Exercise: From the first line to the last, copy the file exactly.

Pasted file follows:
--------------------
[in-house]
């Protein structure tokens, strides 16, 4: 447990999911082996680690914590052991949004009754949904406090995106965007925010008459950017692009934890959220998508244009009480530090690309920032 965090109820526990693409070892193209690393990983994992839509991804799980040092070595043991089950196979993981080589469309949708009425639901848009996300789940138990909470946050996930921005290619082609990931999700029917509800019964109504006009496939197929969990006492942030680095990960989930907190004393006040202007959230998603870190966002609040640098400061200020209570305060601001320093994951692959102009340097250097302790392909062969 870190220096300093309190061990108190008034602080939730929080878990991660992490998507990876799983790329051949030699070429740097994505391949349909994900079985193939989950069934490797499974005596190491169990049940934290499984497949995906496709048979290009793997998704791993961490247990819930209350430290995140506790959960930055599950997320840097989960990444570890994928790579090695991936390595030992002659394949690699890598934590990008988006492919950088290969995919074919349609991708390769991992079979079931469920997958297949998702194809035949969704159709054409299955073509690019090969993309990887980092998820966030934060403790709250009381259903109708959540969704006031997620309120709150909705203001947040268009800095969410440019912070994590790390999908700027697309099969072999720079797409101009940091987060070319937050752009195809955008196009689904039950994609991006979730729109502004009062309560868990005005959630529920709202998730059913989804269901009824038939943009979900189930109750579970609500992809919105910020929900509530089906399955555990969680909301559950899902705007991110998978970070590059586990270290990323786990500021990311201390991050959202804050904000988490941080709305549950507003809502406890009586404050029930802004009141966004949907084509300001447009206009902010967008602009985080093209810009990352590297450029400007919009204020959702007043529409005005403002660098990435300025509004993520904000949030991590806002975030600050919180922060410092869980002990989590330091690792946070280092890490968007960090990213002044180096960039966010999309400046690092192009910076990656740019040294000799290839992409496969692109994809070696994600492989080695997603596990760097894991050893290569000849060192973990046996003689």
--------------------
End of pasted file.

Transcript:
[in-house]
């Protein structure tokens, strides 16, 4: 447990999911082996680690914590052991949004009754949904406090995106965007925010008459950017692009934890959220998508244009009480530090690309920032 965090109820526990693409070892193209690393990983994992839509991804799980040092070595043991089950196979993981080589469309949708009425639901848009996300789940138990909470946050996930921005290619082609990931999700029917509800019964109504006009496939197929969990006492942030680095990960989930907190004393006040202007959230998603870190966002609040640098400061200020209570305060601001320093994951692959102009340097250097302790392909062969 870190220096300093309190061990108190008034602080939730929080878990991660992490998507990876799983790329051949030699070429740097994505391949349909994900079985193939989950069934490797499974005596190491169990049940934290499984497949995906496709048979290009793997998704791993961490247990819930209350430290995140506790959960930055599950997320840097989960990444570890994928790579090695991936390595030992002659394949690699890598934590990008988006492919950088290969995919074919349609991708390769991992079979079931469920997958297949998702194809035949969704159709054409299955073509690019090969993309990887980092998820966030934060403790709250009381259903109708959540969704006031997620309120709150909705203001947040268009800095969410440019912070994590790390999908700027697309099969072999720079797409101009940091987060070319937050752009195809955008196009689904039950994609991006979730729109502004009062309560868990005005959630529920709202998730059913989804269901009824038939943009979900189930109750579970609500992809919105910020929900509530089906399955555990969680909301559950899902705007991110998978970070590059586990270290990323786990500021990311201390991050959202804050904000988490941080709305549950507003809502406890009586404050029930802004009141966004949907084509300001447009206009902010967008602009985080093209810009990352590297450029400007919009204020959702007043529409005005403002660098990435300025509004993520904000949030991590806002975030600050919180922060410092869980002990989590330091690792946070280092890490968007960090990213002044180096960039966010999309400046690092192009910076990656740019040294000799290839992409496969692109994809070696994600492989080695997603596990760097894991050893290569000849060192973990046996003689």